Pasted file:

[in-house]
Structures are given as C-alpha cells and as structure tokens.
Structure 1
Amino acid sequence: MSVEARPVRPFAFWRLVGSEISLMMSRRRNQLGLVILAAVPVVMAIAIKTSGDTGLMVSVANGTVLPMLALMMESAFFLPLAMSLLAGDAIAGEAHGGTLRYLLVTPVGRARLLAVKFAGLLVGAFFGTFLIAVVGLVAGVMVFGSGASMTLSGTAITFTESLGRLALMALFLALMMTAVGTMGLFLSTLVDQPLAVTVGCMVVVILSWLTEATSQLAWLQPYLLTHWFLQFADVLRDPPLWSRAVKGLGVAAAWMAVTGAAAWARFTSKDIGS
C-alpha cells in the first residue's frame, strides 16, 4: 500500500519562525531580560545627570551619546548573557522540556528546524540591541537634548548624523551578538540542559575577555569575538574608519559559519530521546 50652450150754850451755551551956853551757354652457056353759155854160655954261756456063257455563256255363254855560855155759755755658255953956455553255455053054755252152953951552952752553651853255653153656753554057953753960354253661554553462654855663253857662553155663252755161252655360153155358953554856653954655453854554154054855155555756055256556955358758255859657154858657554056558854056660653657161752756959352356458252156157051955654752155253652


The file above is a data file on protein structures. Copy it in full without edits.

[in-house]
Structures are given as C-alpha cells and as structure tokens.
Structure 1
Amino acid sequence: MSVEARPVRPFAFWRLVGSEISLMMSRRRNQLGLVILAAVPVVMAIAIKTSGDTGLMVSVANGTVLPMLALMMESAFFLPLAMSLLAGDAIAGEAHGGTLRYLLVTPVGRARLLAVKFAGLLVGAFFGTFLIAVVGLVAGVMVFGSGASMTLSGTAITFTESLGRLALMALFLALMMTAVGTMGLFLSTLVDQPLAVTVGCMVVVILSWLTEATSQLAWLQPYLLTHWFLQFADVLRDPPLWSRAVKGLGVAAAWMAVTGAAAWARFTSKDIGS
C-alpha cells in the first residue's frame, strides 16, 4: 500500500519562525531580560545627570551619546548573557522540556528546524540591541537634548548624523551578538540542559575577555569575538574608519559559519530521546 50652450150754850451755551551956853551757354652457056353759155854160655954261756456063257455563256255363254855560855155759755755658255953956455553255455053054755252152953951552952752553651853255653153656753554057953753960354253661554553462654855663253857662553155663252755161252655360153155358953554856653954655453854554154054855155555756055256556955358758255859657154858657554056558854056660653657161752756959352356458252156157051955654752155253652